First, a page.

Problem is: the movie loses this central focus and, as it drifts further away from what could have been a unifying them, it ends up being more of a mixed-up muddled affair that doesn’t pack nearly the punch of the movie it should have.

   Kirk Douglas portrays Dempsey Rae, a cowboy from Texas who has made his way out to Wyoming to work as a cowhand. His reason for leaving Texas is simple: he doesn’t like barbed wire and the concomitant range wars that arise when greedy ranchers use it to claim grassland as their own. So, along with Jeff Jimson (William Campbell), his newfound green young friend that he takes under his wing, Dempsey goes to work for lady ranch owner Reed Bowman (Jeanne Crain). Soon enough Dempsey discovers that Reed’s rivals are using barbed wire to enclose their grassland. From then on, it’s game on. Dempsey is going to side with his new employer and lover.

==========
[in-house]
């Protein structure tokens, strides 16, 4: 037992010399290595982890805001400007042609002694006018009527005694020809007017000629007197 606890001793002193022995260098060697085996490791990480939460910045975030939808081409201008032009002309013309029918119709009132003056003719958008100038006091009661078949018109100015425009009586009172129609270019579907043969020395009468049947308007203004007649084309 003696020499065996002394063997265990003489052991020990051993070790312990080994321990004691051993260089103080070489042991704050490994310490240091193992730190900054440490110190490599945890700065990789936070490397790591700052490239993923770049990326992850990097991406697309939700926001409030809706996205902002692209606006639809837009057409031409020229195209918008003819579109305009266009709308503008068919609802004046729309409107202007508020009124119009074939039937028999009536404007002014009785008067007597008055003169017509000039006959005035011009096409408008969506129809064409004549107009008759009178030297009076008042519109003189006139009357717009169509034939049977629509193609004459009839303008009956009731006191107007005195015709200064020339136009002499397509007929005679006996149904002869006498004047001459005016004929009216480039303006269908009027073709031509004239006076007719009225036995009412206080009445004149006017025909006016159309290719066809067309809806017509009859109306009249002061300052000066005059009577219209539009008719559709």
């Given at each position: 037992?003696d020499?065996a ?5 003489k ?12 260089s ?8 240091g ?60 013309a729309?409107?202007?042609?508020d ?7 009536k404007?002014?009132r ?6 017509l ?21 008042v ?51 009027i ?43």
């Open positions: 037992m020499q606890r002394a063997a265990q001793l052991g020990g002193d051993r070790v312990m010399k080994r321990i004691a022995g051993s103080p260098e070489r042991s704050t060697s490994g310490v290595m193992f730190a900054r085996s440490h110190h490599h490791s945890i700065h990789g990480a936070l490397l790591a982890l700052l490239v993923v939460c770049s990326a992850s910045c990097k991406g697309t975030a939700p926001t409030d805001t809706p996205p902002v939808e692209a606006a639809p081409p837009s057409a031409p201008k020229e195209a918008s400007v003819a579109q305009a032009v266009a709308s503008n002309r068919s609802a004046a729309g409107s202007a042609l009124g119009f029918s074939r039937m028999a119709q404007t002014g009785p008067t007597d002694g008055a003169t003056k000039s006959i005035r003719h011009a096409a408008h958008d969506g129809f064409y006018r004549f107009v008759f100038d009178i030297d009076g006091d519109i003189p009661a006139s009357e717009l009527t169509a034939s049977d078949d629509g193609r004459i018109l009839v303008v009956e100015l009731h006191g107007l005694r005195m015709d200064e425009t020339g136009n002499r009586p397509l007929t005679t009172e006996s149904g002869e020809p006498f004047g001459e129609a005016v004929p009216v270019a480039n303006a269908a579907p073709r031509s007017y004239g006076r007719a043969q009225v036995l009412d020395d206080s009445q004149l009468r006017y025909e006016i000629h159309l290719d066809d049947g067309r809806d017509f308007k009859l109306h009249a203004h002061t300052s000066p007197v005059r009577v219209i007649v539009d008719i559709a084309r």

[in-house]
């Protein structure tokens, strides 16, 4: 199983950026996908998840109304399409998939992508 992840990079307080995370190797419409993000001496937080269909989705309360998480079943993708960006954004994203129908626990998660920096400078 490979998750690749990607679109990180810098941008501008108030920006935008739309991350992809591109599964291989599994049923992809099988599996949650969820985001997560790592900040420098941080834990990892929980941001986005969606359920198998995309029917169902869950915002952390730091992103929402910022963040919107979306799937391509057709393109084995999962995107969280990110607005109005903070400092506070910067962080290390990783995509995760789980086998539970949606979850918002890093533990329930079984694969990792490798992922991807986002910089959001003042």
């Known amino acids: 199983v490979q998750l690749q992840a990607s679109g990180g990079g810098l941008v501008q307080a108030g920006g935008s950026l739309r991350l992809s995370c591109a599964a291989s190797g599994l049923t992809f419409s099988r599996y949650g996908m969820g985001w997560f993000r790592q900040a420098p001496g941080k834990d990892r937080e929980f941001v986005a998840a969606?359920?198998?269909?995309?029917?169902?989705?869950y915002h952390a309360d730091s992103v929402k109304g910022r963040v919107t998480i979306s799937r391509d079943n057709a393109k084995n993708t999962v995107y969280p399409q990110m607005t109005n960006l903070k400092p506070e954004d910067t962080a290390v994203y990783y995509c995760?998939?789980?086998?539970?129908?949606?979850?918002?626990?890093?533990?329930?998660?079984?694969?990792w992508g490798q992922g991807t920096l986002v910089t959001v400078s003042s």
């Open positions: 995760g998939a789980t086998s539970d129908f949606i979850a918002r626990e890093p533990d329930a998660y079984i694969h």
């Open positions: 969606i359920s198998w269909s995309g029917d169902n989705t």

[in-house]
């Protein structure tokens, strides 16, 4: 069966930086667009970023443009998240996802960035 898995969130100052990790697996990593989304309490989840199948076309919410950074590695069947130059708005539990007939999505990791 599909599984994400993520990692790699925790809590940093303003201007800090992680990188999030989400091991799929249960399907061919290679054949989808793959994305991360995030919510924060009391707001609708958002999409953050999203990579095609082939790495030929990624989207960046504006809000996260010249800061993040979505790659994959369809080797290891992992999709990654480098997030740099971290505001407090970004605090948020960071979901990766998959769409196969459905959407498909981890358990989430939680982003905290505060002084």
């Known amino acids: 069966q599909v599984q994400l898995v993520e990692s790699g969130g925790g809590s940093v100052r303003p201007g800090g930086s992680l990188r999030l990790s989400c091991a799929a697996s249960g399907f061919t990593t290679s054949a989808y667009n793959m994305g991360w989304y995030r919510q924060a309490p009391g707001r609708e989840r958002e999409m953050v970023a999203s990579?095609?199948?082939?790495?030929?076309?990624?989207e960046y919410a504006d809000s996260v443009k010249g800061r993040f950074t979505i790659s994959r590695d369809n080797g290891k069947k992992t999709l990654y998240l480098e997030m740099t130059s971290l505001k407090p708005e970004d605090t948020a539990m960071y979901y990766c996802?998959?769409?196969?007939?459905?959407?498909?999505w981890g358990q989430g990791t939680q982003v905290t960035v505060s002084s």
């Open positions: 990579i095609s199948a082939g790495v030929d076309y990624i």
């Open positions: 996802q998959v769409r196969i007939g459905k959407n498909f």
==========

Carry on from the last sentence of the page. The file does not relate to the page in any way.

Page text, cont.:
Soon enough, however, Dempsey realizes that the seductive Reed is just as much a scoundrel as any avaricious male rancher. Case in point is her hiring of gunslinger Steve Miles (Richard Boone) to put the squeeze on her rivals. Before long, Dempsey’s world is turned upside down. His new friend Jeff betrays him, Reed deserts him, and he’s working for the ranchers who are using barbed wire – the stuff he hates more than anything else in the world.

   Nothing in this movie ever gels. There are too many subplots and thematic elements that are raised but which are never fully explored, thus detracting from the movie’s would-be central theme, that a single man attempting to outrun the closing of the American frontier.

   For instance, there’s the introduction of Idonee (Claire Trevor), a local madam who seemingly has known Dempsey for many years. The film doesn’t exactly know what to do with her, so she appears, then disappears, then comes back again to play the role of Dempsey’s personal savior. Similarly, the father-son cycle of life relationship between Dempsey and Jeff seems artificial and forced.